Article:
On April 15th, the FDA Nonprescription Drugs Advisory Committee (NDAC) voted unanimously in favor of the over-the-counter marketing (OTC) of adapalene gel 0.1% (Differin Gel, Galderma Laboratories) for the treatment of acne in people aged 12 years and older.
Adapalene is a third-generation topical retinoid that inhibits comedone formation and inflammation. In 1996, the FDA approved adapalene gel 0.1%, as a prescription product.
Since adapalene was previously approved by the FDA, the efficacy of the product was not discussed during this meeting; the product’s safety was the focus of discussion. While the committee voted 16-0 that the safety profile of adapalene gel 0.1% was sufficient to support marketing of the product in an OTC setting, the group was divided on the question of labeling.
The committee agreed that the warning about the use of adapalene while breastfeeding could be removed from the label, but had mixed views on whether to include a warning about its use during pregnancy. Some committee members stressed that inclusion of such a warning would be unnecessary if the panel truly believed the drug carried no risk for pregnant women; however, other members believed the warning should remain on the label.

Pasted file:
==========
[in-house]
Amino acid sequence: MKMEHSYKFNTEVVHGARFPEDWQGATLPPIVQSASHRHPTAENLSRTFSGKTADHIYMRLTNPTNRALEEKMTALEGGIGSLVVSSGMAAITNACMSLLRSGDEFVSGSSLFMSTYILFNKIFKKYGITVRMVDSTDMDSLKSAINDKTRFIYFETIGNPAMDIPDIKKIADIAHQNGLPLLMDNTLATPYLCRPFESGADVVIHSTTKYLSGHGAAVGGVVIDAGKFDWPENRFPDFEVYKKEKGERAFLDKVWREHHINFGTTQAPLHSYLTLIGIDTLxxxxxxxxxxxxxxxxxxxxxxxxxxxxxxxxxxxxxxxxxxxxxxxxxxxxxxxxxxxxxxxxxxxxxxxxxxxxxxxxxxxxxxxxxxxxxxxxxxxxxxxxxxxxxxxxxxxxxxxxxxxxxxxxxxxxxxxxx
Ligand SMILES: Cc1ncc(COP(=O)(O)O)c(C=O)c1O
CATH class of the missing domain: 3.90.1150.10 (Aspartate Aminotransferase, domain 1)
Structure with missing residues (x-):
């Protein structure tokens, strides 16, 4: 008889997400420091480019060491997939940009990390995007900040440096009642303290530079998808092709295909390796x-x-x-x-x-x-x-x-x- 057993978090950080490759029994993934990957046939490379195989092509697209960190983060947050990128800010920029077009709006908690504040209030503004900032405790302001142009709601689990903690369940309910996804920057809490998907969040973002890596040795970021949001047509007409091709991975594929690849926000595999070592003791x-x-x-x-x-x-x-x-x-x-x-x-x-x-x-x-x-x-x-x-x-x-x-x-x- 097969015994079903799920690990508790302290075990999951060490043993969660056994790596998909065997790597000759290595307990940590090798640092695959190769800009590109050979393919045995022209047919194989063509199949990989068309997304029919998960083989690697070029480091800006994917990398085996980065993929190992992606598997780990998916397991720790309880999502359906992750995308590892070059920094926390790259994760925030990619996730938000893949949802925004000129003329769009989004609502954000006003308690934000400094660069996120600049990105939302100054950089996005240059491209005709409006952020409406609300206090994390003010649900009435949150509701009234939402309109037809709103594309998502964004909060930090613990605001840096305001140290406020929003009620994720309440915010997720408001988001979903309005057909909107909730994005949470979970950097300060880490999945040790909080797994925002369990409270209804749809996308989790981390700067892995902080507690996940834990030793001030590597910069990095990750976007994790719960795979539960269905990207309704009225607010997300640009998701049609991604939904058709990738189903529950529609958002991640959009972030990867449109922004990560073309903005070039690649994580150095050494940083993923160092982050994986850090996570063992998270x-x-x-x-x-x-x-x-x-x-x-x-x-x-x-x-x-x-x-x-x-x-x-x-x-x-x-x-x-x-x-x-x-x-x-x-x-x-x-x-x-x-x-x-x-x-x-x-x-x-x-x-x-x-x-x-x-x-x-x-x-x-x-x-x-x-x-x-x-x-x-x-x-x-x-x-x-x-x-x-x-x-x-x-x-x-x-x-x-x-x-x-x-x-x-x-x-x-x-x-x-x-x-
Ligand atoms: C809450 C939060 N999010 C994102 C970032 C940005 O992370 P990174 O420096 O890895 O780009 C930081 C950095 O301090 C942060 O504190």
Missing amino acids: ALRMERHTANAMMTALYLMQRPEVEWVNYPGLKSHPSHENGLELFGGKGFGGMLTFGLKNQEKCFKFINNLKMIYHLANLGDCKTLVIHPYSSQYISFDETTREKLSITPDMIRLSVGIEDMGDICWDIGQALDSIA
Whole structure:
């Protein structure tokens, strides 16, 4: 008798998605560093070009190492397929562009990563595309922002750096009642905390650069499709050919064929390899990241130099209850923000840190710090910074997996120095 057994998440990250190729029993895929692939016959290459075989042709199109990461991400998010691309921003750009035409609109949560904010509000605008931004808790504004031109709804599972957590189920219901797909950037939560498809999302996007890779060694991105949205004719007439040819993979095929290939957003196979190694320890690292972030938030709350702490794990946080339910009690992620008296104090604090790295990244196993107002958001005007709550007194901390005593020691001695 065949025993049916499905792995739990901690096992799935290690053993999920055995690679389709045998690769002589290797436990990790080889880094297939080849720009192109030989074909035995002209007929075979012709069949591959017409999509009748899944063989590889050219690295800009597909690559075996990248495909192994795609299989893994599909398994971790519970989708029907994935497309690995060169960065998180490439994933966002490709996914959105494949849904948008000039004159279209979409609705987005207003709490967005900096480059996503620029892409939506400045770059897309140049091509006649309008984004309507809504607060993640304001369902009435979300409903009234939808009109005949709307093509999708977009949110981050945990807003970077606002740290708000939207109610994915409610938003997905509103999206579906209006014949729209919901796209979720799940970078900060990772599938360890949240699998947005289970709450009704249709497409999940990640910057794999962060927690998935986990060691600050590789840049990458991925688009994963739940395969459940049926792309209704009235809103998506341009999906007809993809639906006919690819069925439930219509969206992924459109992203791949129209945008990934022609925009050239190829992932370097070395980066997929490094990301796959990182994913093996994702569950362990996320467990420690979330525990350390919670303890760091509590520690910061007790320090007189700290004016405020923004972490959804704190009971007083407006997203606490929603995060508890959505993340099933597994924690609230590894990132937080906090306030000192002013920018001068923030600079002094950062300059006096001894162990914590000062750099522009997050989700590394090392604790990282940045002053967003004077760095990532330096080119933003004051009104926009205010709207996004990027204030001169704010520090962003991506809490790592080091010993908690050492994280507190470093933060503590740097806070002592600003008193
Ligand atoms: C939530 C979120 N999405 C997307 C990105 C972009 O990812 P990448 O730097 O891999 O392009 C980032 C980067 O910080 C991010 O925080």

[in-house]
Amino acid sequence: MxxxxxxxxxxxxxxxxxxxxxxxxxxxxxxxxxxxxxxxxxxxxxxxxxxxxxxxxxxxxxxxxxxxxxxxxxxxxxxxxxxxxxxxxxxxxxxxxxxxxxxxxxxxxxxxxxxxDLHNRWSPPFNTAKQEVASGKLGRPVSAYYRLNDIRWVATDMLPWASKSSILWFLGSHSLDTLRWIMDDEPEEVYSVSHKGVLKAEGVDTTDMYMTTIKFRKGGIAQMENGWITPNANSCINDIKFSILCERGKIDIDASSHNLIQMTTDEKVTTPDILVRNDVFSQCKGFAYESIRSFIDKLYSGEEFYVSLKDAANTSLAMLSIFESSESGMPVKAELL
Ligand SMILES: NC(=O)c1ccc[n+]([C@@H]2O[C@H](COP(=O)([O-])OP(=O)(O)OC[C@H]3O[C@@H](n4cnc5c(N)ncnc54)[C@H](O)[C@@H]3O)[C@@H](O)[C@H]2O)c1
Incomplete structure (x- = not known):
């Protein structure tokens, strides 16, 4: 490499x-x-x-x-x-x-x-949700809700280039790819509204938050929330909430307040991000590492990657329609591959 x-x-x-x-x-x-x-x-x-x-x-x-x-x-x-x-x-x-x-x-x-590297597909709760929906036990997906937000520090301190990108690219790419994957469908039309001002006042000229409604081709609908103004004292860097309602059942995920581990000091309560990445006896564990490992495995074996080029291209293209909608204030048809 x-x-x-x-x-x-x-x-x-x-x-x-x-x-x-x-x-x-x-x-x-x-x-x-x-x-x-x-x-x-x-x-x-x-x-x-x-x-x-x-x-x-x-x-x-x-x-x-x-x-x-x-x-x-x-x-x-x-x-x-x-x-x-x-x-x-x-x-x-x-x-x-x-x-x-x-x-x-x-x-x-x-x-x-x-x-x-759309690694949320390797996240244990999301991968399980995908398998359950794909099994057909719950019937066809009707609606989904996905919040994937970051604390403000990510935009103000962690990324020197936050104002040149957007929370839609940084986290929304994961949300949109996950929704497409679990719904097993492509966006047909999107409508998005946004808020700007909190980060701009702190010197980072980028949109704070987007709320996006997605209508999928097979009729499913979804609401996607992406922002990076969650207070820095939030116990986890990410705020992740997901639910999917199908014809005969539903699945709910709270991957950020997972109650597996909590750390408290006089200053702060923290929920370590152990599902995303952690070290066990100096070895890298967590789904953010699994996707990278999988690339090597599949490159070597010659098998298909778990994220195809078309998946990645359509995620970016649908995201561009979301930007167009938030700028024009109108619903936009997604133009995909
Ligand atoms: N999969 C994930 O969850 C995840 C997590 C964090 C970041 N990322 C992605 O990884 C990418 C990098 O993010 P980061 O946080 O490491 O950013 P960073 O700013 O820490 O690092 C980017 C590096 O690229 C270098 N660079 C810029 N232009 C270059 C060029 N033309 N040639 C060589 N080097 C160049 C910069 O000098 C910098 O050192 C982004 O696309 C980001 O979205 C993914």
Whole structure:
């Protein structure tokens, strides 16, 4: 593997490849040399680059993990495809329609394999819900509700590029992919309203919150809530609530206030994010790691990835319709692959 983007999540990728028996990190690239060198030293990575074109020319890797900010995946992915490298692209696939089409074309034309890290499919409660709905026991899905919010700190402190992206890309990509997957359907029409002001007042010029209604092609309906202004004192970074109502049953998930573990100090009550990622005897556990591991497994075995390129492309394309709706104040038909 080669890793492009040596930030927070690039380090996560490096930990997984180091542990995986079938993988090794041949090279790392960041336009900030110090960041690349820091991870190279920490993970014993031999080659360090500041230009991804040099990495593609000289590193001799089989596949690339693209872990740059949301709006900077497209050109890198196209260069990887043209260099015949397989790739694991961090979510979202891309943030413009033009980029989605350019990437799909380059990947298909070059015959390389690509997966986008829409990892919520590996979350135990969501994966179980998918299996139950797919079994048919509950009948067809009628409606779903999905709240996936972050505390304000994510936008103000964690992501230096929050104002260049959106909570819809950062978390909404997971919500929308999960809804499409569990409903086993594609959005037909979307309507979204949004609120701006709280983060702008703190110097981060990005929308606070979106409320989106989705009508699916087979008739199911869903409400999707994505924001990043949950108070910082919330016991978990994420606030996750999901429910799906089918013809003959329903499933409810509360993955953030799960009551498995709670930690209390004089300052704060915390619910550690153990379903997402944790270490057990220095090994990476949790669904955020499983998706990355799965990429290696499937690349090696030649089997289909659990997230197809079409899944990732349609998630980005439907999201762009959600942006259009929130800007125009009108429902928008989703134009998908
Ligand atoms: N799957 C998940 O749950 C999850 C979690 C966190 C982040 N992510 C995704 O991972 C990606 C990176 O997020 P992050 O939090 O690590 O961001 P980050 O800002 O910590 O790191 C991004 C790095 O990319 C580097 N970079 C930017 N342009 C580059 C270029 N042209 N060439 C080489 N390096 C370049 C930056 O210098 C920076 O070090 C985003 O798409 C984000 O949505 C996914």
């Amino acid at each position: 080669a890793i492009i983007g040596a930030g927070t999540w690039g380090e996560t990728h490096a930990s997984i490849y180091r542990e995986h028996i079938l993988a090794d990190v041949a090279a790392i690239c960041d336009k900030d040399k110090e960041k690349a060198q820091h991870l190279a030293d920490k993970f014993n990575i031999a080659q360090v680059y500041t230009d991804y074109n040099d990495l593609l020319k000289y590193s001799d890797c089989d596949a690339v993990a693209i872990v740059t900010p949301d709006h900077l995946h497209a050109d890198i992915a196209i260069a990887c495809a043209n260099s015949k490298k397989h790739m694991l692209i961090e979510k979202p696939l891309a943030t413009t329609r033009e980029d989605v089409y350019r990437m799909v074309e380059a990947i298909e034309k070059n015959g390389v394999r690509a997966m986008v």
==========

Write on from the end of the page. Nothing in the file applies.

Temporary voting committee member Sarah Gloria Obican, MD, Assistant Professor of Maternal Fetal Medicine in the Department of Obstetrics and Gynecology at the University of South Florida, Tampa stated, “we either say it’s safe or we say it’s not safe. If we voted that it’s safe, then I don’t like giving our pregnant moms misinformation…I want to be very, very clear to my patients.”
Similarly, voting committee member Paul Pisarik, MD, MPH, from St. John Health System Urgent Care, Tulsa, Oklahoma said, “if we think that it’s really safe like the data suggest that it is, I think we need to take that labeling off.”
In addition, some committee members suggested more specific labeling regarding sensitivity to sunlight and duration of use. Overall, the panel reached a consensus regarding the safety of adapalene, but not the labeling.
In the United States, acne is the most common skin condition, affecting as many as 50 million Americans annually. Acne can have significant physical and psychological effects, such as poor self-image, depression, anxiety and permanent scarring. The most common active ingredients, found in currently available OTC acne products include benzoyl peroxide, salicylic acid, alpha hydroxyl acids, and sulfur.
The agency is not obligated to follow its panel’s recommendation, but normally does so.
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